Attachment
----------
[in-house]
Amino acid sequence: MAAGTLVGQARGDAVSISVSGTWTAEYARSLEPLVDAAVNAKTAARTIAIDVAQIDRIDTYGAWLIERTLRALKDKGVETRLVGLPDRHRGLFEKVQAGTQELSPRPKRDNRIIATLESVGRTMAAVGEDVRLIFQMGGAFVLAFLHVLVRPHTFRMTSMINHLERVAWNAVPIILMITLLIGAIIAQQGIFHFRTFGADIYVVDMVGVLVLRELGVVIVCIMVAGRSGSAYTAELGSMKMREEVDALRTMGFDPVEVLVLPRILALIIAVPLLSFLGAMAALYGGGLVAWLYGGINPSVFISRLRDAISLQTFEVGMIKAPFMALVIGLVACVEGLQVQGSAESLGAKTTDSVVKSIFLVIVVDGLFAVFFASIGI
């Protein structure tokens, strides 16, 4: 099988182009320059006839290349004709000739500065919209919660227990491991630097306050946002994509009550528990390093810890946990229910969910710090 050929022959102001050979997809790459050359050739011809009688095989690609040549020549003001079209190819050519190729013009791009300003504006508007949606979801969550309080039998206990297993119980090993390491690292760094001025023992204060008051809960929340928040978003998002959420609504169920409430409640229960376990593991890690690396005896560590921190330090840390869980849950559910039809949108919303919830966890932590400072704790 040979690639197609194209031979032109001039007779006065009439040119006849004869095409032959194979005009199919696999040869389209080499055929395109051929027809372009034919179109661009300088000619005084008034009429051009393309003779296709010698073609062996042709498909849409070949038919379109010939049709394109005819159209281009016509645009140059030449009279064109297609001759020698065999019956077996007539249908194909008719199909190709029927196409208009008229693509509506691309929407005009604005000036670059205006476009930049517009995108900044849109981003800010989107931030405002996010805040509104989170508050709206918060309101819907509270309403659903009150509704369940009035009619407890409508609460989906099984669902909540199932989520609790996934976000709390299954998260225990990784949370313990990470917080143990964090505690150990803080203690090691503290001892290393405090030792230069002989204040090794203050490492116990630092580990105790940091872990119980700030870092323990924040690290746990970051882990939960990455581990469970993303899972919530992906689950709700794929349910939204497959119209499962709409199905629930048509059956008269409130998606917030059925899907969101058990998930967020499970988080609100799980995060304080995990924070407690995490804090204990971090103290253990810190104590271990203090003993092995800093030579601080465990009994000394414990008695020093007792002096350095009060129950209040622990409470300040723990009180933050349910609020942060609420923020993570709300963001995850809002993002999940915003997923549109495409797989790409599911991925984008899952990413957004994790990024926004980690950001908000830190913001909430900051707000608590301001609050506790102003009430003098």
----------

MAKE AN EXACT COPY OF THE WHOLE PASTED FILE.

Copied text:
[in-house]
Amino acid sequence: MAAGTLVGQARGDAVSISVSGTWTAEYARSLEPLVDAAVNAKTAARTIAIDVAQIDRIDTYGAWLIERTLRALKDKGVETRLVGLPDRHRGLFEKVQAGTQELSPRPKRDNRIIATLESVGRTMAAVGEDVRLIFQMGGAFVLAFLHVLVRPHTFRMTSMINHLERVAWNAVPIILMITLLIGAIIAQQGIFHFRTFGADIYVVDMVGVLVLRELGVVIVCIMVAGRSGSAYTAELGSMKMREEVDALRTMGFDPVEVLVLPRILALIIAVPLLSFLGAMAALYGGGLVAWLYGGINPSVFISRLRDAISLQTFEVGMIKAPFMALVIGLVACVEGLQVQGSAESLGAKTTDSVVKSIFLVIVVDGLFAVFFASIGI
């Protein structure tokens, strides 16, 4: 099988182009320059006839290349004709000739500065919209919660227990491991630097306050946002994509009550528990390093810890946990229910969910710090 050929022959102001050979997809790459050359050739011809009688095989690609040549020549003001079209190819050519190729013009791009300003504006508007949606979801969550309080039998206990297993119980090993390491690292760094001025023992204060008051809960929340928040978003998002959420609504169920409430409640229960376990593991890690690396005896560590921190330090840390869980849950559910039809949108919303919830966890932590400072704790 040979690639197609194209031979032109001039007779006065009439040119006849004869095409032959194979005009199919696999040869389209080499055929395109051929027809372009034919179109661009300088000619005084008034009429051009393309003779296709010698073609062996042709498909849409070949038919379109010939049709394109005819159209281009016509645009140059030449009279064109297609001759020698065999019956077996007539249908194909008719199909190709029927196409208009008229693509509506691309929407005009604005000036670059205006476009930049517009995108900044849109981003800010989107931030405002996010805040509104989170508050709206918060309101819907509270309403659903009150509704369940009035009619407890409508609460989906099984669902909540199932989520609790996934976000709390299954998260225990990784949370313990990470917080143990964090505690150990803080203690090691503290001892290393405090030792230069002989204040090794203050490492116990630092580990105790940091872990119980700030870092323990924040690290746990970051882990939960990455581990469970993303899972919530992906689950709700794929349910939204497959119209499962709409199905629930048509059956008269409130998606917030059925899907969101058990998930967020499970988080609100799980995060304080995990924070407690995490804090204990971090103290253990810190104590271990203090003993092995800093030579601080465990009994000394414990008695020093007792002096350095009060129950209040622990409470300040723990009180933050349910609020942060609420923020993570709300963001995850809002993002999940915003997923549109495409797989790409599911991925984008899952990413957004994790990024926004980690950001908000830190913001909430900051707000608590301001609050506790102003009430003098």